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Hydro-Therapy Does Wonders for Dogs

We all know that being in a warm water environment – whether it’s a heated indoor pool, jacuzzi spa, or just a bathroom tub – relieves stress and helps ease aches and pains. Removing pressure on our joints and relaxing our muscles, the natural buoyancy of water brings us relief from the pull of gravity, and it can help our canine companions with pain management as well.

Whether an active young pup or a canine senior citizen,dogs with injuries, those recovering from surgery, and those living with ongoing joint diseases such as hip or elbow dysplasia experience pain. Pain is a consistent symptom of many of my canine patients. Slowing down on walks, refusing to do usual activities such as going up and down stairs, limping, and not putting full weight down on a leg are all signs that a dog is in pain. Untreated pain contributes to the vicious cycle of disuse muscle atrophy and leads to progressive disability and risk for further injury.

There are many pain medications and joint supplements that can help block pain perception in different ways, but they may not encourage full return to normal use of a leg.

However, when these pain management methods are coupled with warm water therapies the results can be amazing. Joint movements are made more comfortable in warm water and the resistance of the water challenges muscles, keeping them strong and functional without causing pain. The buoyancy of water helps weakened patients stand and put weight down on injured legs much sooner than they would on land.

It is commonly observed that patients start to walk more readily in a water treadmill than on solid ground. This is because the buoyancy of the water supports the patients’ weight while the treadmill moves their paws for them, basically “showing” the muscles how to perform the movements that will be required of them when walking on land.

Warm water therapies (86-94 degrees F.) offer muscle relaxation, while the hydro-static pressure of deep water on limbs acts like a supportive wrap around immersed body parts, helping to reduce swelling and alleviate pain. Also, natural pain-blocking endorphins are released in a dog’s brain after exercising in water, and this too helps elevate mood, increase appetite, and relieve pain.

But what if your dog absolutely detests getting into the bath or turns and runs as fast as he can when the waves start lapping at his paws on the beach? Not all dogs are born with a natural love of the water or the instinct to swim, however all dogs can be gently acclimated to hydro-therapy and most will eventually learn to enjoy it, if done in a safe and supportive environment.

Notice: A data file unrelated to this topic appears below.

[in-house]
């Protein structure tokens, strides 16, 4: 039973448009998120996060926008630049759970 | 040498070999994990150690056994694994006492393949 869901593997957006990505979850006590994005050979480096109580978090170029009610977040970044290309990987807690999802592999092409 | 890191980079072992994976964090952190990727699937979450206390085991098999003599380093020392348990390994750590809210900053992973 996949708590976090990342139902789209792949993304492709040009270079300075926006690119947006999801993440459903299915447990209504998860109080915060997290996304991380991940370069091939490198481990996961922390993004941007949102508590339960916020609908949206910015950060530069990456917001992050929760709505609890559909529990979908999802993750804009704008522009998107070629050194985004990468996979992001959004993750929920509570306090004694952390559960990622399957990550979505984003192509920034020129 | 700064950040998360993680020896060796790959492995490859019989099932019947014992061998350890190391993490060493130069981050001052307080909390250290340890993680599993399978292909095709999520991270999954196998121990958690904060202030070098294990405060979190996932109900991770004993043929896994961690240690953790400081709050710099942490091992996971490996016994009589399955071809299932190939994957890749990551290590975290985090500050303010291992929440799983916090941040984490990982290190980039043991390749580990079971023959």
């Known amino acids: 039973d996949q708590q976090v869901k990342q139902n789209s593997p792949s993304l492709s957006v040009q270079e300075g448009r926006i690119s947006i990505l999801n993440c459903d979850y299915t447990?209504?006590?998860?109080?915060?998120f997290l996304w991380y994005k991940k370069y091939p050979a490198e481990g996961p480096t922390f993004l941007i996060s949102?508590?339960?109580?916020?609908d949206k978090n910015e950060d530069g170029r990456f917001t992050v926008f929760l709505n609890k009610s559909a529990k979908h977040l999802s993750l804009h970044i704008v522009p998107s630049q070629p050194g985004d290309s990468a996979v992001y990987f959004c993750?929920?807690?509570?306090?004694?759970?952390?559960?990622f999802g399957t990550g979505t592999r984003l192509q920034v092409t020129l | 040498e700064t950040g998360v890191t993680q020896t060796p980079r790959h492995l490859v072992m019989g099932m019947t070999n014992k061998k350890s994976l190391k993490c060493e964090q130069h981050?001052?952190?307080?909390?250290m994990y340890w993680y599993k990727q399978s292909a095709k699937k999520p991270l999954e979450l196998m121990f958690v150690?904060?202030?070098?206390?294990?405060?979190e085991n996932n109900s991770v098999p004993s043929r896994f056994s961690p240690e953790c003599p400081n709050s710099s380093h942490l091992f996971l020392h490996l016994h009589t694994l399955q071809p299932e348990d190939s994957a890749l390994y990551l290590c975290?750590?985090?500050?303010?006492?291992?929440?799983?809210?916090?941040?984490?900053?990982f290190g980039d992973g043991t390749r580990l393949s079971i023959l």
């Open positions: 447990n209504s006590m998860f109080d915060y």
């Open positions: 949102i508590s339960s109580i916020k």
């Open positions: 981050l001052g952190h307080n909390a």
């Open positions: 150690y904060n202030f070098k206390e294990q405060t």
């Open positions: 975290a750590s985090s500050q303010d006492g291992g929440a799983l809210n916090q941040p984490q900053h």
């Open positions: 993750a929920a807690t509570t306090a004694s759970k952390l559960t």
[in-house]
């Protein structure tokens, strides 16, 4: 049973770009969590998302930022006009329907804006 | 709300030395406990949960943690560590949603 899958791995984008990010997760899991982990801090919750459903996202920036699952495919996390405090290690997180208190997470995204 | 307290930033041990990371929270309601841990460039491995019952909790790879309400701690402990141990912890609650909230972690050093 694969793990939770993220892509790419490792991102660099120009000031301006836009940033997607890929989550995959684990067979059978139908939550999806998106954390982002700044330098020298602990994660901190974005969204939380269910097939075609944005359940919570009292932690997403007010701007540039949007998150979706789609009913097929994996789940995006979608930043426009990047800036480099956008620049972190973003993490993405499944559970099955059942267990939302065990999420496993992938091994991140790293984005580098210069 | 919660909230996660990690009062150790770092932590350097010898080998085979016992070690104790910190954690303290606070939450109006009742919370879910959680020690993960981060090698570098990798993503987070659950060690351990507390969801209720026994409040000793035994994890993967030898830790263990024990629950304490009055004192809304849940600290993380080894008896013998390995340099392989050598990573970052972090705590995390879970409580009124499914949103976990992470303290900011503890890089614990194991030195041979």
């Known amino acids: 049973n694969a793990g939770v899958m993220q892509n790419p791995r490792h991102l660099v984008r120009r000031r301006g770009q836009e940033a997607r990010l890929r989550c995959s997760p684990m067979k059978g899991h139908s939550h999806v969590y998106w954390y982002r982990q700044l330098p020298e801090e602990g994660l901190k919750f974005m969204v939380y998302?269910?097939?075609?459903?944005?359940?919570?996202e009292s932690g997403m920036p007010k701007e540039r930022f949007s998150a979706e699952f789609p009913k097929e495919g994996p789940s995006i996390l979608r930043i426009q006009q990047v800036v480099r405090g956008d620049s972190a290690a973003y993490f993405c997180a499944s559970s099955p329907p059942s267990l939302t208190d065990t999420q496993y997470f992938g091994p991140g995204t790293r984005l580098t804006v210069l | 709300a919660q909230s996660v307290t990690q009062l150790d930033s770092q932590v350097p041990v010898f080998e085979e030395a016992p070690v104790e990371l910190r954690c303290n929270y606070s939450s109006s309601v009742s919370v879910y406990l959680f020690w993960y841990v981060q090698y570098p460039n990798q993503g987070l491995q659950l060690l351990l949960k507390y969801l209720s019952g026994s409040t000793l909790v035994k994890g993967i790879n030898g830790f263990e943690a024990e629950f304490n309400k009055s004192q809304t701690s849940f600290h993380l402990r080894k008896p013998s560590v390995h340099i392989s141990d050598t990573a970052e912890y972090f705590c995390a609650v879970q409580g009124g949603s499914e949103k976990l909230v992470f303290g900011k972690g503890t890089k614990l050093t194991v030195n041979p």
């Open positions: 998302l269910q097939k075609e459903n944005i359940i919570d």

Encouragement from loving family members combined with gentle handling by experienced, specially trained canine swim coaches and certified canine rehabilitation therapists can make it possible for even the most water-phobic dog to benefit from swimming or walking on an underwater treadmill. It can take a few sessions to get the hang of it, but the majority of dogs will come to associate getting in the water with feeling good and will soon learn to enjoy their hydro-therapy sessions.

Another benefit of aquatic therapy is that it raises metabolism and helps overweight dogs with weight loss, decreasing fat, strengthening muscles, and reducing the de-conditioning effects of restricted activity, especially with dogs who have been in too much pain to go for long walks.

Dogs who lose even a few pounds experience less pain and are more active and mobile on land, which greatly improves their muscle strength and increases theirability to go out and enjoy life more fully. All things considered, hydro-therapy can be a very beneficial part of your canine’s health care, especially when painful joints or excess pounds have slowed them down.

Dr. Ilana Strubel, DVM, CVSMT, CCRT is the owner of A Well Adjusted Pet  an integrative veterinary practice. She is a certified canine rehabilitation therapist who specializes in hydro-therapy, physical rehabilitation, and chiropractic care, as well as acupressure, herbal medicine, canine behavior, and nutrition. She sees patients on a mobile basis and also at The Rex Center, a holistic canine fitness center in Pacifica . For more details about hydro-therapy visit:

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Main article photo by: Courtesy The Rex Center